February 3, 2021 5.15 pm This story is over 39 months old

COVID pandemic pushes more children into care

Lincolnshire social care services “under immense pressure”

Adult and social care services in Lincolnshire have been placed under “immense pressure” and “really struggled” since the start of the COVID-19 pandemic.

Lincolnshire County Council has confirmed that 60 more children are now in care than at the beginning of the epidemic, an increase of 10%.

However, bosses say that the number of people applying to become foster carers has continued to grow, despite a reduction in the number of families available and an increase in the number of children having to be placed elsewhere due to self-isolation requirements.

Councillor Patricia Bradwell, Lincolnshire County Council’s executive member for children’s services, told the authority’s leadership during a meeting on Monday: “Obviously adult care and children’s social care have been under immense pressure with the pandemic.

“Very vulnerable adults and very vulnerable children have not been able to get out or actually live their normal lives like going to school, and young people in care really did struggle.

“We did have more children come into care […] there has been a lot of fallout with the children and older people who we look after because of the way that the pandemic has affected us.”

Councillor Patricia Bradwell, Executive Councillor for Children’s Services, said it is a “really positive report”.

Following the meeting, Janice Spencer, assistant director for children’s services at LCC, said most children continued to be placed “very successfully” with Lincolnshire foster carers.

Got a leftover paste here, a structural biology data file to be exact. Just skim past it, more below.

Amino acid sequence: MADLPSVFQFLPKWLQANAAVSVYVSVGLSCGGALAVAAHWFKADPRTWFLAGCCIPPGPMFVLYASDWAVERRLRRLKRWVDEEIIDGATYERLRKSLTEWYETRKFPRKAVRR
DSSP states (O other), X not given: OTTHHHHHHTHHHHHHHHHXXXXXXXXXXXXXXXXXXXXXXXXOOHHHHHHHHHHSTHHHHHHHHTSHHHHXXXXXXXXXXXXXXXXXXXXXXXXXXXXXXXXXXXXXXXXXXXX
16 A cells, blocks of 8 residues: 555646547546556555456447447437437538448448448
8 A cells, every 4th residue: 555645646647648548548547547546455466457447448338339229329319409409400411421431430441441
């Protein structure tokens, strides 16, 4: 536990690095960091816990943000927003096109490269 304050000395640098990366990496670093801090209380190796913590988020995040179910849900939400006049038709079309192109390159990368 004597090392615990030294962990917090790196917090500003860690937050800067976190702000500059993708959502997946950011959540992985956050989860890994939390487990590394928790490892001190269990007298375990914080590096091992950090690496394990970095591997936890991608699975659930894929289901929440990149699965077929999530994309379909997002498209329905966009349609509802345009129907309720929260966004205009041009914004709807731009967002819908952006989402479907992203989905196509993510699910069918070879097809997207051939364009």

“However, some foster carers have had to self-isolate because of their age or health needs, and this has resulted in a reduction in the number of families available and an increase in the number of children who have had to be placed with alternative providers of foster carer or children’s homes,” she said.

“For each of these children, placements are offered that best meet their needs. Those placed outside the county will return if placements become available and if their needs are more likely to be met nearer to their communities.”

She added: “The council has continued to promote fostering and, even at such an unprecedented time, the interest from the public in becoming a foster carer has continued to grow, with the number to be approved this year likely to be 30% higher than the previous year.”

Children’s Mental Health week takes place from February 1-7 and Lincolnshire County Council has been promoting the wide range of mental health support services on offer in the county.

Councillor Bradwell said: “We know that the pandemic has been really tough on our young people, particularly lockdown.

“So we want to reassure those that are struggling that they are not alone.”

Those interested in fostering can do so by visiting www.lincolnshire.gov.uk/fostering or calling 01522 554114

For more information visit www.lincolnshire.gov.uk/emotionalwellbeing